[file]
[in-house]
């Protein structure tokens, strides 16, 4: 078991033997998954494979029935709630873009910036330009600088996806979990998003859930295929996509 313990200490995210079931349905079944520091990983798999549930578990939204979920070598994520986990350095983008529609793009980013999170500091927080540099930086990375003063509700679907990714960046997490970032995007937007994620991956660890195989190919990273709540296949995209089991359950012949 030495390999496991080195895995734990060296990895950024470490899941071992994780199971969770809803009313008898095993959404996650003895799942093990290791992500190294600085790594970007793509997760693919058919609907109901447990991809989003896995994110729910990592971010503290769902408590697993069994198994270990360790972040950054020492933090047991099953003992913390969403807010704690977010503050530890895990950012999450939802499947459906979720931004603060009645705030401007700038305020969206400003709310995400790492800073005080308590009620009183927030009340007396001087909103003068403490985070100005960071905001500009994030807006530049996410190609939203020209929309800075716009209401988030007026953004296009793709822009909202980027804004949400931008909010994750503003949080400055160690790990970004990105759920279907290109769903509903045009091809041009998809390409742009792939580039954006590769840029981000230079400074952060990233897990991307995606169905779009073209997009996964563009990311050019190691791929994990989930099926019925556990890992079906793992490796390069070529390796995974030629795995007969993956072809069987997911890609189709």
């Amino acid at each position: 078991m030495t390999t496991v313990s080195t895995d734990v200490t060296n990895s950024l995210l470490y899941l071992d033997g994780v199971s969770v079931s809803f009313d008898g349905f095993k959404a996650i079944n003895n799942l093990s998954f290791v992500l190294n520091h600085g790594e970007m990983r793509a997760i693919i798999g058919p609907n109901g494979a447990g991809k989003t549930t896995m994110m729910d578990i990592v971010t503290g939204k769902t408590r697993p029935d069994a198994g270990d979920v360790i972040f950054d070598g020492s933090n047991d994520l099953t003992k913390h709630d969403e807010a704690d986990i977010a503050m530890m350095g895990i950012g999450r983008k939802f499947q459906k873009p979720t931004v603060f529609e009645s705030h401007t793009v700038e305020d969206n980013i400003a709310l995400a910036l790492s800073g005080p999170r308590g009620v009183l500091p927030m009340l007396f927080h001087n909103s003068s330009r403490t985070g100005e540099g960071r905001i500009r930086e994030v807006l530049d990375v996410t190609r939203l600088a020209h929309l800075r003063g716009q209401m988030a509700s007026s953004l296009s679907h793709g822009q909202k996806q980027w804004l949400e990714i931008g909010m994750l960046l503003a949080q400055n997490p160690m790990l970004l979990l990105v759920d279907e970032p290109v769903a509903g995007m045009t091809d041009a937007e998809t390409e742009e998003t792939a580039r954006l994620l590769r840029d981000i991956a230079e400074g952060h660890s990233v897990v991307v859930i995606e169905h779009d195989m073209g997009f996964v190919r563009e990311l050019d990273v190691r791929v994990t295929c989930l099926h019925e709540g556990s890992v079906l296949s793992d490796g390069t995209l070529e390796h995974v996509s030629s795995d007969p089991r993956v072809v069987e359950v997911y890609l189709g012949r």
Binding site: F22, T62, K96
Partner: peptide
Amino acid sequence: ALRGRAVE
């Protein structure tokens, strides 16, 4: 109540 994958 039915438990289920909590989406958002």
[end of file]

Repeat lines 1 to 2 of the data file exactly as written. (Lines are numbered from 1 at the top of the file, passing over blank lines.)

[in-house]
């Protein structure tokens, strides 16, 4: 078991033997998954494979029935709630873009910036330009600088996806979990998003859930295929996509 313990200490995210079931349905079944520091990983798999549930578990939204979920070598994520986990350095983008529609793009980013999170500091927080540099930086990375003063509700679907990714960046997490970032995007937007994620991956660890195989190919990273709540296949995209089991359950012949 030495390999496991080195895995734990060296990895950024470490899941071992994780199971969770809803009313008898095993959404996650003895799942093990290791992500190294600085790594970007793509997760693919058919609907109901447990991809989003896995994110729910990592971010503290769902408590697993069994198994270990360790972040950054020492933090047991099953003992913390969403807010704690977010503050530890895990950012999450939802499947459906979720931004603060009645705030401007700038305020969206400003709310995400790492800073005080308590009620009183927030009340007396001087909103003068403490985070100005960071905001500009994030807006530049996410190609939203020209929309800075716009209401988030007026953004296009793709822009909202980027804004949400931008909010994750503003949080400055160690790990970004990105759920279907290109769903509903045009091809041009998809390409742009792939580039954006590769840029981000230079400074952060990233897990991307995606169905779009073209997009996964563009990311050019190691791929994990989930099926019925556990890992079906793992490796390069070529390796995974030629795995007969993956072809069987997911890609189709």